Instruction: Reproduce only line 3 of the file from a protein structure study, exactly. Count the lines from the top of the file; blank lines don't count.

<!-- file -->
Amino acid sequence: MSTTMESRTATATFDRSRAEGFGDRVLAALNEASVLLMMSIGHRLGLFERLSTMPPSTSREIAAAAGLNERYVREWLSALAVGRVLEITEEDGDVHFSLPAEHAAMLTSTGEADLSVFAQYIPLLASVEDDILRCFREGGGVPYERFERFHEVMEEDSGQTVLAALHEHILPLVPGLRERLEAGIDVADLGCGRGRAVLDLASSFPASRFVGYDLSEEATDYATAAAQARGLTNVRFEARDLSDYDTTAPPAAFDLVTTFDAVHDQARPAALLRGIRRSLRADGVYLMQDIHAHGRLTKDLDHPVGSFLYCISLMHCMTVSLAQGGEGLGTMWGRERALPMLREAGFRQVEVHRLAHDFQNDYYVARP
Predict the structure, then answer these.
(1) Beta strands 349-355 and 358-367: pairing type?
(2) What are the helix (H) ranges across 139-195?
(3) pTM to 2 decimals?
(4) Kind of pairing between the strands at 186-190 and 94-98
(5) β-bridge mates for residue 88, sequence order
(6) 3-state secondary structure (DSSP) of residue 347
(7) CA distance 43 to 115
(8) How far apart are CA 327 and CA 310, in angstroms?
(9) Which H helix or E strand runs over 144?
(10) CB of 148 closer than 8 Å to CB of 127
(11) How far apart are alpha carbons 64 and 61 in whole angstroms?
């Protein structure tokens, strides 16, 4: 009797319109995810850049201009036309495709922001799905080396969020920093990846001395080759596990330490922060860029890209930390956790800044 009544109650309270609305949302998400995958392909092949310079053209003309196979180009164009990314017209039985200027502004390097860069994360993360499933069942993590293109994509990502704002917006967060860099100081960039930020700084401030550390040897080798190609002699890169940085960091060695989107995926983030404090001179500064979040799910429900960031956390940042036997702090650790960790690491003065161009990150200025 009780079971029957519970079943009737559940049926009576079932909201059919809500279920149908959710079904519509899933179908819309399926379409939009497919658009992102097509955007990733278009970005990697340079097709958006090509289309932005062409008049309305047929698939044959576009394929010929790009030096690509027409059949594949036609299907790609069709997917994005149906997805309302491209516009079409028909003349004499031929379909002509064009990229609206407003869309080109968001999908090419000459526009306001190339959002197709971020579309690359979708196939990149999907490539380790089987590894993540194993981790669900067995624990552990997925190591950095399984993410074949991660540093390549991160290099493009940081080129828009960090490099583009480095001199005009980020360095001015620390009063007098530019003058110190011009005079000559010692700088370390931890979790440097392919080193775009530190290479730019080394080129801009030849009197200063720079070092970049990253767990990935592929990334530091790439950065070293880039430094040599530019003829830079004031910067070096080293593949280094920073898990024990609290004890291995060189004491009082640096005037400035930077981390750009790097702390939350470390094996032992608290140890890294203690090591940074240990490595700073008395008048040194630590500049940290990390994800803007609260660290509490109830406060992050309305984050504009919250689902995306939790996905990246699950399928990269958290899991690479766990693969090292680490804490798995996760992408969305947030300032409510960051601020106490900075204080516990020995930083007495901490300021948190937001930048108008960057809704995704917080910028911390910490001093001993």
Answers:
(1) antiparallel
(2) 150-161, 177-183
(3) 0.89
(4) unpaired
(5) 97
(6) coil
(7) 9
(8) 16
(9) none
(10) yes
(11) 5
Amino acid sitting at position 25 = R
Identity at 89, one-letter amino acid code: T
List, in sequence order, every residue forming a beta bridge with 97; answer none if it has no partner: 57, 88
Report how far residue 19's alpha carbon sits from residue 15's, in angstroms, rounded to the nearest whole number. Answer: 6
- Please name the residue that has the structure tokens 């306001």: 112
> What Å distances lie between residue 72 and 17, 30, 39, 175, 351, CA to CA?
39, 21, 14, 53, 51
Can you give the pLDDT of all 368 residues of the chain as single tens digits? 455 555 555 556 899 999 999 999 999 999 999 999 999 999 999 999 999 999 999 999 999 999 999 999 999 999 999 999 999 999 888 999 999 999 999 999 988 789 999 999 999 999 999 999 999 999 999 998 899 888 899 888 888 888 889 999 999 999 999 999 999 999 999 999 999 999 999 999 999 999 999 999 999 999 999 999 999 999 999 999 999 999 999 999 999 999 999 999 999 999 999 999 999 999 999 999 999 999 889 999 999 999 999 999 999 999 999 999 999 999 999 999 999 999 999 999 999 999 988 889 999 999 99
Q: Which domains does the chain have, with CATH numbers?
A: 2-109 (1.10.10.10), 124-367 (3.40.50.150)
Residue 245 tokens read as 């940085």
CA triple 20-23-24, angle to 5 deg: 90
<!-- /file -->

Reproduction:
(1) Beta strands 349-355 and 358-367: pairing type?